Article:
Monday, July 2, 2012

Apollo Moon Trees


In February of 1971, Apollo 14 returned to Earth after the third lunar landing. Moonwalkers Alan Shepard (who was also the first man to play golf on the moon during the mission) and Ed Mitchell spent about 33 hours on the moon.

Tilden Park - Berkeley, CA Moon Tree
Tilden Park Moon Tree - Berkeley, CA

Command Module pilot Stuart Roosa, who remained in lunar orbit while his cohorts frolicked about Fra Mauro, took hundreds of redwood, sycamore, pine, fir and sweetgum tree seeds aboard the Kitty Hawk capsule, at the request of Forest Service employees. Upon return to Earth, the seeds were distributed to various communities, resulting in the "Moon Trees".

To the delight of many, nearly all attempts at germination resulted in healthy trees! Some were planted as experimental controls, alongside normal seeds, though many decades later there is no visible difference. The majority were distributed as seedlings, and planted in 1976 for bicentennial celebrations, though the List of Moon Trees records plantings from as early as 1973 and as late as 1984.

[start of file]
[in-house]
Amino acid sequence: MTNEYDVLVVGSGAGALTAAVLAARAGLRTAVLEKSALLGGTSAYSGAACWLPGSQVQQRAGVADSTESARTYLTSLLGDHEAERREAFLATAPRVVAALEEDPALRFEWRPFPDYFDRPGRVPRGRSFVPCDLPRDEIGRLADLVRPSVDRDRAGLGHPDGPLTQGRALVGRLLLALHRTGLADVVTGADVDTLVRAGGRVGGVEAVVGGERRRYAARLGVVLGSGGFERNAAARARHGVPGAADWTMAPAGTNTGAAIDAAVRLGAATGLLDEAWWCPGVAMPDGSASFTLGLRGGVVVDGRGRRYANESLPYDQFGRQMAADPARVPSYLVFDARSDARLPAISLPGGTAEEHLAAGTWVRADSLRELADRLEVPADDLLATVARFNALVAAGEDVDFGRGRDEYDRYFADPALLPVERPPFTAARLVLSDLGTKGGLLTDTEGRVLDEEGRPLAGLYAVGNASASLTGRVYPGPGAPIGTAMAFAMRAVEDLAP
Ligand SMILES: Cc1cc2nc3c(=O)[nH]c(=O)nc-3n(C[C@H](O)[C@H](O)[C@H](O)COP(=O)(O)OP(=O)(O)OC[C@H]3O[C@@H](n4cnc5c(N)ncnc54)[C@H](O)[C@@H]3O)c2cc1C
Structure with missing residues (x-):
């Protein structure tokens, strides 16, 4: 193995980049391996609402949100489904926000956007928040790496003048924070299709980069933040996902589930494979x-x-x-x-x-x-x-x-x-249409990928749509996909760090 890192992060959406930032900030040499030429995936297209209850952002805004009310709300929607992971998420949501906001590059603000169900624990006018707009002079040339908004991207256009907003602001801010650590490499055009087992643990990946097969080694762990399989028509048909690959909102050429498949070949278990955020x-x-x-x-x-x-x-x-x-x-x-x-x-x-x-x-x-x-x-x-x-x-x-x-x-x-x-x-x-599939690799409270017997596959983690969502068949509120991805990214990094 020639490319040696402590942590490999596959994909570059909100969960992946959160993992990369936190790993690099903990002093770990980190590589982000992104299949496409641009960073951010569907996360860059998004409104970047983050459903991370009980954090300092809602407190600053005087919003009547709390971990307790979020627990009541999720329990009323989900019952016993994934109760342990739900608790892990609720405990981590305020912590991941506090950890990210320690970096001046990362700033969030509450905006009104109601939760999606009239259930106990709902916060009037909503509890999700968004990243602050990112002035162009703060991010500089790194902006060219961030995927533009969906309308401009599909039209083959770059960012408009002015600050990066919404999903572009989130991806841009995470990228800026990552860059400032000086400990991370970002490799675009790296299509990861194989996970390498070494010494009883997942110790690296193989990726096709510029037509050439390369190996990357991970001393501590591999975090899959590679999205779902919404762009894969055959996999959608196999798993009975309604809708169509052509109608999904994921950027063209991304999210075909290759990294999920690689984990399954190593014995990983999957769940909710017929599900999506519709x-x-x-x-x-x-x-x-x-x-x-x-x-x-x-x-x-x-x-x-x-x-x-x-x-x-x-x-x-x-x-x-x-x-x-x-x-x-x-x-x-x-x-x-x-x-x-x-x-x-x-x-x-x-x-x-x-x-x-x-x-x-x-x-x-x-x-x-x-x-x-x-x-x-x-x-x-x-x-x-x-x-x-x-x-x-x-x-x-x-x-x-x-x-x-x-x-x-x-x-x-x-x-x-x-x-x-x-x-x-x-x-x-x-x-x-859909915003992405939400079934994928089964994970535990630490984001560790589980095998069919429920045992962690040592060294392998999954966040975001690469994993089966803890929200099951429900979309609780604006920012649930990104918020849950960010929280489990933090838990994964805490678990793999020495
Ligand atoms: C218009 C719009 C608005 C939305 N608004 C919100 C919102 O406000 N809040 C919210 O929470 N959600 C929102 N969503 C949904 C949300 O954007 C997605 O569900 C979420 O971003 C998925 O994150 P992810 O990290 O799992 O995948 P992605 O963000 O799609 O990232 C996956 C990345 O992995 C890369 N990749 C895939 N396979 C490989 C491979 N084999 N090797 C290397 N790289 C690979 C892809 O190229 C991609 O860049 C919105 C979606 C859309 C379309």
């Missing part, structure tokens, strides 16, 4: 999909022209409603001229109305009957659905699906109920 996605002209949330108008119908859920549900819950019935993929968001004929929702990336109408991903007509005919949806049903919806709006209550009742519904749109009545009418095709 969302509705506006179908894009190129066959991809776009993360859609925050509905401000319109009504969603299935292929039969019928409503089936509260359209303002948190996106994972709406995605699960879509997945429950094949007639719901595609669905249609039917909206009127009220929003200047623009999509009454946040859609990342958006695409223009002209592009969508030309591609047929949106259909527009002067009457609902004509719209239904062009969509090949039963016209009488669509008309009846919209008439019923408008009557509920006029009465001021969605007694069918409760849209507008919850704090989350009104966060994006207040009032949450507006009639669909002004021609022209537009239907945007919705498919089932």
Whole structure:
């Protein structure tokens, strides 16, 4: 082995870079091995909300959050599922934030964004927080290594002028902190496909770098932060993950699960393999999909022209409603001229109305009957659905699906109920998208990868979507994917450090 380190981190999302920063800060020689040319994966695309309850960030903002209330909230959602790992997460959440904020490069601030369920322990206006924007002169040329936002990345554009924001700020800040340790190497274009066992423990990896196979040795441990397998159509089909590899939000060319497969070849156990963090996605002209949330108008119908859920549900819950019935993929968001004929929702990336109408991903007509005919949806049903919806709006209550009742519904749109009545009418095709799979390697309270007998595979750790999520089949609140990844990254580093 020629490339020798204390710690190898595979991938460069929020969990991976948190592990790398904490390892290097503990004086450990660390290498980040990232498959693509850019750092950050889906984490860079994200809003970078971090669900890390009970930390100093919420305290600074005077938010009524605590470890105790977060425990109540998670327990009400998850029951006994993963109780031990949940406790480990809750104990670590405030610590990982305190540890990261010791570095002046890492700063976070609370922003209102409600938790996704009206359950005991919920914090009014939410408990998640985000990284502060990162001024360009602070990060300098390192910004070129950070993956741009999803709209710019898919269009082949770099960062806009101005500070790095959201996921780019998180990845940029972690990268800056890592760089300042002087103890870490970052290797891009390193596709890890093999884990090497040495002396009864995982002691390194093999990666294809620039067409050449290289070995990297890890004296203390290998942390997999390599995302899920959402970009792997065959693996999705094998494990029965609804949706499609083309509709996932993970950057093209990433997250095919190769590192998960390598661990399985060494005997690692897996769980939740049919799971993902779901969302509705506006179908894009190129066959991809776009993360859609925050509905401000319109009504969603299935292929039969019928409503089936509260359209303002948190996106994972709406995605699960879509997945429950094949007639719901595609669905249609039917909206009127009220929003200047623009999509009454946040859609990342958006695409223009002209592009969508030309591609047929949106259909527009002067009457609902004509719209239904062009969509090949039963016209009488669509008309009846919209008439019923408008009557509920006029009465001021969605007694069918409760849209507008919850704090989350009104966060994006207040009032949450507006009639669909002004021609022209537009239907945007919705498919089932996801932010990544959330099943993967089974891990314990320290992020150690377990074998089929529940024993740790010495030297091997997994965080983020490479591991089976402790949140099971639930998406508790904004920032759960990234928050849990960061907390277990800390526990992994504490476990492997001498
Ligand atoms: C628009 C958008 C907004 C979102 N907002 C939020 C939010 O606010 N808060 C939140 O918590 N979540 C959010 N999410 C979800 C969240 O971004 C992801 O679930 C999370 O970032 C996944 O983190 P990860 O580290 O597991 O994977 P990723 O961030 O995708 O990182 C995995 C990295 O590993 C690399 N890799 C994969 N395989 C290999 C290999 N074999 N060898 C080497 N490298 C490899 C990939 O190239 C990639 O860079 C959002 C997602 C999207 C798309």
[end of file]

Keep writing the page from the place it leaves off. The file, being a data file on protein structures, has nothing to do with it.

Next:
Bicentennial Moon Tree
Flagstaff, AZ Moon Tree

A few traveled to foreign nations, and still others found their way to universities, NASA centers, national parks and monuments -– including the White House.

The catch? They weren't tracked efficiently. Like the Goodwill Moon Rocks, an abundance of materials led the 1970s handlers to be casual about what would one day become a part of world heritage. To date, only one was ever deliberately removed – a New Orleans pine that was damaged during Hurricane Katrina.

Rosemary Roosa Moon Tree
Rosemary Roosa, beside the tree planted in honor of her father.
(Arlington National Cemetery, Virginia) ran an article today, detailing the Race Against Time to Find Apollo 14's Lost Voyagers, and asks that everyone help find the Moon Trees that may still be unaccounted for. Despite knowing Roosa had "hundreds of seeds" on Apollo 14, only 68 are listed officially by NASA – and just 40 have been found and photographed by the Waymarkers Moon Tree Group.

If you know the location of any seeds, or where they were planted, curators at the National Space Science Data Center would love to hear from you. Join the Waymarkers to help search for more trees, and email NASA if you find one!